The qualitative data collected by Cornman meanwhile was from eight individual interviews and two focus groups. Cornman said that she had a standard set of questions but still had flexibility to change them based upon prior answers.

“I interviewed municipal leaders, I did a focus group with police, with firefighters, I talked to the ORTs, and got pretty consistent feedback that was very positive,” Cornman said. “They think that using recovery coaches, people that have lived it and walked it was the way to go.

In fact, Cornman said that she never heard anything negative about the program, and that all of her interviews and focus groups were consistently positive about its developments, and would like to see it grow and eventually have 24-hour coverage and more ORTs. Waterbury has put in for more grants.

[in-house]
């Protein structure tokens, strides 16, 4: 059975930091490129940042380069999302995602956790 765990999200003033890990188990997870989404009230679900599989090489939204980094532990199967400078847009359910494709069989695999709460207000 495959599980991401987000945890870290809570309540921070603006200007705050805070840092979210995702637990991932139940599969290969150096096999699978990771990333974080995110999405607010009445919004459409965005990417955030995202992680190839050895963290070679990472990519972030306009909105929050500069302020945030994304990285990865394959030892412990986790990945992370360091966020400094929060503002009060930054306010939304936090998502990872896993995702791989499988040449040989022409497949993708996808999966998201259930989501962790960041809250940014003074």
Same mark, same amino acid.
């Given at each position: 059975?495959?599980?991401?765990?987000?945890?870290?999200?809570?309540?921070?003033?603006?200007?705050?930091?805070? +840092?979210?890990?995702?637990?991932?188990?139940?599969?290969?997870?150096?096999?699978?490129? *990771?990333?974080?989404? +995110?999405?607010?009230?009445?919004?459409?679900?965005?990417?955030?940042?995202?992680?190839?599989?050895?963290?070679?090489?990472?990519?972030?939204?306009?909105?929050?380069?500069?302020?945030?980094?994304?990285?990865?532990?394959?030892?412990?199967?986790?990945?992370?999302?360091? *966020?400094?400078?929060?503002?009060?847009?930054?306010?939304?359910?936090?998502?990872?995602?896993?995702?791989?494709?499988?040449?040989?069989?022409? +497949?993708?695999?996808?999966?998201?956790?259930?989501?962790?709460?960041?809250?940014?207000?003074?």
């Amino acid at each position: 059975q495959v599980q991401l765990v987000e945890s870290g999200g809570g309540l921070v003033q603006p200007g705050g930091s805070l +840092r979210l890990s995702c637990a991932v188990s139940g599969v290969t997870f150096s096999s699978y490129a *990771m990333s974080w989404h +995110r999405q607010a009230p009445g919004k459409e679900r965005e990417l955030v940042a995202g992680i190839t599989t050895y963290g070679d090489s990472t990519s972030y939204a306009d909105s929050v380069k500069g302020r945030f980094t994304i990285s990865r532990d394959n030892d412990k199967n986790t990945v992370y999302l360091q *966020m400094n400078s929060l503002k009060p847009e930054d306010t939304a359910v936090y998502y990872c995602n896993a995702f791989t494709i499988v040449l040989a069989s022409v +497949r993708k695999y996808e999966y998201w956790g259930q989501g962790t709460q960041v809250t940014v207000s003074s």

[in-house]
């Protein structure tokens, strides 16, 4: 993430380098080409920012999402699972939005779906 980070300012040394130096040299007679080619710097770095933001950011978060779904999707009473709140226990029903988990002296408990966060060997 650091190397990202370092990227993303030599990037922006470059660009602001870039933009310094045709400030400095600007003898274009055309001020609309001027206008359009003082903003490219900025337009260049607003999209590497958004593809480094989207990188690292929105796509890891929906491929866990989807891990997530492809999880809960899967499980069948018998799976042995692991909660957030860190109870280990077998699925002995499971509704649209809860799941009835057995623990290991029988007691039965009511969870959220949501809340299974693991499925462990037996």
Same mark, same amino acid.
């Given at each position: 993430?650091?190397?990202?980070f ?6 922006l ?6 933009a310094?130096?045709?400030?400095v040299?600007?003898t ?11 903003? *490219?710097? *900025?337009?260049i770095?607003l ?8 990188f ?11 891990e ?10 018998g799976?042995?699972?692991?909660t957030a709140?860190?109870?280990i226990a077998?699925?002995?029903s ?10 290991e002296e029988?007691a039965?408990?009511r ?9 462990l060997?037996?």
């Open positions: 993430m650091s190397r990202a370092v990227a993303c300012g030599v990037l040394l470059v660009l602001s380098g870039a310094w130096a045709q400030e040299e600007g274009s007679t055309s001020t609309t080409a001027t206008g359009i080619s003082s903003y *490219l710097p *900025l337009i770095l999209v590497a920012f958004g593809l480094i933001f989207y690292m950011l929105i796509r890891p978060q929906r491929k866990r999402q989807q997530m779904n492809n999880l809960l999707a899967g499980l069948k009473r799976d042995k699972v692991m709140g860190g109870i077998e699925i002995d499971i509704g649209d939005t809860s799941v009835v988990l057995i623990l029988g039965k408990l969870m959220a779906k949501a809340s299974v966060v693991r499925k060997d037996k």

“You do what you do with the budget we had,” Cornman said.

The funding for the partnership ends at the end of August, but the ORTs will remain on staff.

“Our portion of the project has ended,” Russell said. “We are about to wrap up our involvement with the project.”

Russell said that one of the biggest successes from the partnership is that the department of public health can now collect better data more consistently.

“The capacities of the partnership between the police department and the department of public health in Waterbury have demonstrated that they can be more efficient and rigorous in documenting their work,” Russell said.

She said that it was a growth curve that both sides had to go through, and that the biggest lesson was that the city and department needed to invest in their own staff to raise its capacity to do work and to do it well.

“I’m excited to see where they go next,” Russell said.